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PRACTICAL APPLICATIONS FOR CONSTRUCTION AND THE BUILT ENVIRONMENT


Innovation & Research


Issue No. 52 IN THIS ISSUE


Appropriate Development Paving for rural development


Construction futures Sustainable towers IMPACT Project


Environment


Industrial waste as aggregate Progress on chilled beams


Flood defence IMPACT Project


Highways


Industrial waste as aggregate Measuring road condition Paving for rural development


Management


Managing knowledge Materials


7


Electronic toolboxes for timber 4 Industrial waste as aggregate


6


New stainless SteelCAL module 6 Recycling architectural flat glass 7 Strengthening concrete structures 5 Sustainable steel construction


3 Structures


New stainless SteelCAL module 6 Progress on chilled beams Sustainable towers


Sustainable steel construction


4 8 3


Strengthening concrete structures 5 Water engineering


Harmonising water management 5


6 2 2


6 4


Recycling architectural flat glass 7 Sustainable towers


8 3 2


8 3


February 2003


Building homes for the future No-one in the property market could have failed to notice the current enthusiasm


for the development of brownfield sites. In the UK there are an estimated 360,000 hectares of previously used land, a considerable proportion of which is undeveloped. With a projected 4.4 million new dwellings required by 2016, brownfield development should present an attractive proposition. The reality, however, is that many landowners and developers are still reluctant to embark along the path of land remediation. A new CIRIA guide aims to help clients step-by-step through the process.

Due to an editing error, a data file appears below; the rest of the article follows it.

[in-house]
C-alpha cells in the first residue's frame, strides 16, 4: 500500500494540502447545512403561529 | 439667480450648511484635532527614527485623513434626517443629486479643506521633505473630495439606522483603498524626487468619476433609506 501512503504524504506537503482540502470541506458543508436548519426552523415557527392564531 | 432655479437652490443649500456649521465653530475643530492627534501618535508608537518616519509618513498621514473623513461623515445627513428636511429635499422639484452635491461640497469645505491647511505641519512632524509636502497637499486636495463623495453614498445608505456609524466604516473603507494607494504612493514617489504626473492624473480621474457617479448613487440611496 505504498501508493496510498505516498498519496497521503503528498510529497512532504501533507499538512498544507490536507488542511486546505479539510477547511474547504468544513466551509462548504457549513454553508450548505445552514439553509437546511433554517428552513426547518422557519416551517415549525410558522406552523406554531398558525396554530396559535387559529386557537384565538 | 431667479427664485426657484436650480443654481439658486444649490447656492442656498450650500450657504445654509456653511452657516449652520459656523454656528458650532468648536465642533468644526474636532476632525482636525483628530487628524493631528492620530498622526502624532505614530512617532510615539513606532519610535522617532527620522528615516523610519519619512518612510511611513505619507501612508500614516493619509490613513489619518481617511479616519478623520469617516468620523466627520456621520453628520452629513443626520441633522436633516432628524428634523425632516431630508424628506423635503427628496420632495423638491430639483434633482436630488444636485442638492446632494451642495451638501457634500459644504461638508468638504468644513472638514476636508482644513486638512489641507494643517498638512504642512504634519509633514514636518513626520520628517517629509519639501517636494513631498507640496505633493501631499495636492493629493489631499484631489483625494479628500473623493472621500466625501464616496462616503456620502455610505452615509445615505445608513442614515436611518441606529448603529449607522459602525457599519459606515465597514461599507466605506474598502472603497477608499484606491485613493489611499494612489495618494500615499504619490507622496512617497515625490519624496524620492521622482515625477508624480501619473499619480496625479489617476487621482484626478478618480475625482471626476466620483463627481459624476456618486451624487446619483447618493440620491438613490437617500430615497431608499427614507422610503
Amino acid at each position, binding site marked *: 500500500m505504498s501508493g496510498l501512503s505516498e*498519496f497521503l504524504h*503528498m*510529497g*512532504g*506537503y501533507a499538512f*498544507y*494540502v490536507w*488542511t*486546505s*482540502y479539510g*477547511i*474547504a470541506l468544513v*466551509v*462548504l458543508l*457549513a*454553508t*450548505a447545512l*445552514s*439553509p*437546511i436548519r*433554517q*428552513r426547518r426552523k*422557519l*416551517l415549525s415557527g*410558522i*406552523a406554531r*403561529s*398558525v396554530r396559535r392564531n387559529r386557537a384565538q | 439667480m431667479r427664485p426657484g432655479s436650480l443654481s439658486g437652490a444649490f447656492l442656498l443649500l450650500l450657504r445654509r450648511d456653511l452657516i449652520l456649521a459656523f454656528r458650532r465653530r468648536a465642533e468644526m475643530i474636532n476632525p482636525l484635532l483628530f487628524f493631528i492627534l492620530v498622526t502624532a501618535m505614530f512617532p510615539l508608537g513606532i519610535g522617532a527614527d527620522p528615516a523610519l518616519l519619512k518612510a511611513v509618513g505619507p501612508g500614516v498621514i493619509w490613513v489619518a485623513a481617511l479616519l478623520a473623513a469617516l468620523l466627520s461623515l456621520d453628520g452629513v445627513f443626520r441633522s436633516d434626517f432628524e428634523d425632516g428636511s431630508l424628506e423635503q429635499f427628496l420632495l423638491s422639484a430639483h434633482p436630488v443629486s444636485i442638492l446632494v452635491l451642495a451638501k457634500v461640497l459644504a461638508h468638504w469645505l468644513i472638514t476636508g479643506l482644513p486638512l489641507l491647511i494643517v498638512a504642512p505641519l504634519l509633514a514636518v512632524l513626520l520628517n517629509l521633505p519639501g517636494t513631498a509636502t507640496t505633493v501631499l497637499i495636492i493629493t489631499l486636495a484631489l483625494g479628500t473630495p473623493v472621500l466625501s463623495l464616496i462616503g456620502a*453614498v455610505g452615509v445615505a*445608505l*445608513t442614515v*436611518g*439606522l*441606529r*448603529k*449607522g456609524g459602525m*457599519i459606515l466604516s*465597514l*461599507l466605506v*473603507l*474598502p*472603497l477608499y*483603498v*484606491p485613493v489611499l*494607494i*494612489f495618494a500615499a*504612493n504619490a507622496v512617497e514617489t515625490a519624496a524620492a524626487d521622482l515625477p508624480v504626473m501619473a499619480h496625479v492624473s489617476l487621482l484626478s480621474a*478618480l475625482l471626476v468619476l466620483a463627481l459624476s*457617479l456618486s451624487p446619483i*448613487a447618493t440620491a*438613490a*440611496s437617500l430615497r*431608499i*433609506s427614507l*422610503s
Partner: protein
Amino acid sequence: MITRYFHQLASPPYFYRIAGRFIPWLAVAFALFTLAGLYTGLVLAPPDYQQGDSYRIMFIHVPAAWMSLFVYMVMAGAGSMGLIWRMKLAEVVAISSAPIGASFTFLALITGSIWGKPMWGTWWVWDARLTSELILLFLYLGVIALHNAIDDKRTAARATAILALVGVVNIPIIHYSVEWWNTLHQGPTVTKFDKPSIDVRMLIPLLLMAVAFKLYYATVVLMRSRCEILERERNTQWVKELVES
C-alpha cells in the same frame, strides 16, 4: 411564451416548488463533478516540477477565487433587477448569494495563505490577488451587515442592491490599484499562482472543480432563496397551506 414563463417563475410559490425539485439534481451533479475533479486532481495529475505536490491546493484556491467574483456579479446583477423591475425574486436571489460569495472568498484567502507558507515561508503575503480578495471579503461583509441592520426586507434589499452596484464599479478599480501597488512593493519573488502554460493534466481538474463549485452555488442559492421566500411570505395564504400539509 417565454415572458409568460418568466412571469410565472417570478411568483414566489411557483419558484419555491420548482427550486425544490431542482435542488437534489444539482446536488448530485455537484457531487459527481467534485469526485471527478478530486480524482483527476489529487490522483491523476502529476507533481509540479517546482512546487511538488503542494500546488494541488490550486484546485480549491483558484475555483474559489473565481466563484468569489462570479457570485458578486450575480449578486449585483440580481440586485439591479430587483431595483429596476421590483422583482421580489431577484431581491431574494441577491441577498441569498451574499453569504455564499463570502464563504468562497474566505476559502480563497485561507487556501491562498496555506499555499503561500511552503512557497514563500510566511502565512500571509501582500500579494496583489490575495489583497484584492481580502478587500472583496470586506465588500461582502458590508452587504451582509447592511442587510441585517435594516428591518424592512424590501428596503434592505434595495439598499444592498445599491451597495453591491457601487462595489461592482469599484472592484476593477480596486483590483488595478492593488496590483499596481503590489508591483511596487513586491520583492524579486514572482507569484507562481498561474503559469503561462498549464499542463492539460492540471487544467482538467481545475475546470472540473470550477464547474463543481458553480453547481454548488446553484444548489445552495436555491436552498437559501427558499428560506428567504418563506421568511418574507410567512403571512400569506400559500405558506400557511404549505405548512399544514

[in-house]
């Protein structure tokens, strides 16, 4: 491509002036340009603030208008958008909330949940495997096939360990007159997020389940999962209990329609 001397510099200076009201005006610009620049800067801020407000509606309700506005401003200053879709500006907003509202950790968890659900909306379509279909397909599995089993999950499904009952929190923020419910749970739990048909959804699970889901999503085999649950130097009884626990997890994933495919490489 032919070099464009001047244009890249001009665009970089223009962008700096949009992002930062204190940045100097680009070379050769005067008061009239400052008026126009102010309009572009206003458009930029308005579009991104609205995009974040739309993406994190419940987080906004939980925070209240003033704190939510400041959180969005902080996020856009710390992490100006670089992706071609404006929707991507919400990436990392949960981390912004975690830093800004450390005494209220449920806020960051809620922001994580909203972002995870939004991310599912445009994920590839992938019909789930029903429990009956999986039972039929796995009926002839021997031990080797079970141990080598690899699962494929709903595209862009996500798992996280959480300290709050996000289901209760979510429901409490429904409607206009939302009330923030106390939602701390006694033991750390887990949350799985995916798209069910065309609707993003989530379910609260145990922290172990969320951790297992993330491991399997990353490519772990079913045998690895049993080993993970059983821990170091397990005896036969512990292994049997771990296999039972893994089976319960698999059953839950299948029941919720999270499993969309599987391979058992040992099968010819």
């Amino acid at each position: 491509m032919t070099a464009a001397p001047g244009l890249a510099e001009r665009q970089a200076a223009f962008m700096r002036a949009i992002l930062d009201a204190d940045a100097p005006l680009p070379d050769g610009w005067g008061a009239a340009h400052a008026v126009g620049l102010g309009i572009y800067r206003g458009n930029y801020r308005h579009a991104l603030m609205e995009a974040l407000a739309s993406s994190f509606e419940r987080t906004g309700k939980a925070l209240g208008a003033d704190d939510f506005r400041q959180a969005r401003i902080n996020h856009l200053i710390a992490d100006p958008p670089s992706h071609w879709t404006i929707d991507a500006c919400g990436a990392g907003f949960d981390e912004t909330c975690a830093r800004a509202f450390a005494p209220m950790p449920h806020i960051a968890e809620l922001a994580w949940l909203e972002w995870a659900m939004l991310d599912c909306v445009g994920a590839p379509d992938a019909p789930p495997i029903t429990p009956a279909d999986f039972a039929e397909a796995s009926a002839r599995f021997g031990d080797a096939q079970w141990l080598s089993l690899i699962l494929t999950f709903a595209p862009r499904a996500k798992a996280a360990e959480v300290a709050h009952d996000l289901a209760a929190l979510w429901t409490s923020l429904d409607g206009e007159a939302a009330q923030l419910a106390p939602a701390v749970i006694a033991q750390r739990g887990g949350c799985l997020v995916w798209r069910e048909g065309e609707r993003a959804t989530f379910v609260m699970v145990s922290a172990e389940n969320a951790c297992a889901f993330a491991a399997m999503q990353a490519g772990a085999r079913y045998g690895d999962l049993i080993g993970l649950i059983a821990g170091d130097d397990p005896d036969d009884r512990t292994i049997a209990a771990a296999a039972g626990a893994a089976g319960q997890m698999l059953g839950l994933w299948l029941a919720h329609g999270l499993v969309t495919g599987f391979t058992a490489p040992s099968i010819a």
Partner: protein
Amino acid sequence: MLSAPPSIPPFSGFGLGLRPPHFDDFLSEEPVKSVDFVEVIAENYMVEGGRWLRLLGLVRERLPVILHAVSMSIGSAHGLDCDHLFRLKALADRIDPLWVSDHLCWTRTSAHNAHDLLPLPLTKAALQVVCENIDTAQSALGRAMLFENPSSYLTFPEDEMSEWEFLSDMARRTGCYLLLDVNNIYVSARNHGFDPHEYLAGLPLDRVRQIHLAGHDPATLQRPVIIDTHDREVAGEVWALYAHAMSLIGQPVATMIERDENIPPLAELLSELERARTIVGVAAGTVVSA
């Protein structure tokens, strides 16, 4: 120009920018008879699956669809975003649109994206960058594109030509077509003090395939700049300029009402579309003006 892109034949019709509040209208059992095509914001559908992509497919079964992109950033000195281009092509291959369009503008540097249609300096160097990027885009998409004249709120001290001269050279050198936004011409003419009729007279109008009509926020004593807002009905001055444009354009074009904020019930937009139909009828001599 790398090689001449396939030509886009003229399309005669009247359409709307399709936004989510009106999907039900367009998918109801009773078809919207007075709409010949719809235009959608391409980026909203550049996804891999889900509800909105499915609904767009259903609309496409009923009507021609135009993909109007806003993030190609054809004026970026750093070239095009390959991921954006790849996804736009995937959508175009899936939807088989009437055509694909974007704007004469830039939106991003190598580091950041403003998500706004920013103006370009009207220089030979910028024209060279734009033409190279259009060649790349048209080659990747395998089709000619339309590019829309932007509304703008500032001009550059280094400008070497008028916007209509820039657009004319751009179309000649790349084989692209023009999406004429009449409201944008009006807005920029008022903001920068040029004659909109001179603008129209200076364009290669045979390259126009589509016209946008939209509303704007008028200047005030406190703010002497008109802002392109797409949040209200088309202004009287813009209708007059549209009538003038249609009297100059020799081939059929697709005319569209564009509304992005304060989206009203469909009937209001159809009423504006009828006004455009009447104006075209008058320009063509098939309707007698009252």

B


rownfield development can be more complex than construction on ‘greenfield’ sites. Even an undeveloped site will often require clearance before construction can begin. Add to this an element of land con- tamination and confidence wanes. There is also a lack of confidence in the outcome of remedi- ation processes.


Certainly there are disadvantages associated with developing previously used land but, as those who have ventured into this area will testify, the problems are usually outweighed by the benefits. VAT relief for refurbishment work, landfill tax and stamp duty exemptions, financial support from redevelopment agencies, and tax credits of 150% specifically for the redevelopment of contaminated land are all advantages that help to make brownfield projects highly profitable.


CIRIA has produced the first comprehensive guide for clients to manage brownfield development. Its aim is to offer clients at all levels (public and private sector) a step-by-step guide, identifying the main issues they will encounter, whether legal, technical or financial. The uniformity of the issues faced means that the guide is equally applicable to those engaging in housing projects or commercial, industrial and retail development. Its comprehensive nature means that it may also be of benefit to those organisations already active in this field.


For further information please contact CIRIA (020 7222 8891; fax: 020 7222 1708; E-mail: irf@ciria.org.uk; website: www.ciria.org.uk).


Development on previously used land. (Photo courtesy of Lattice Property)


www.innovationandresearchfocus.org.uk


Innovation & Research Focus Issue 51 NOVEMBER 2002


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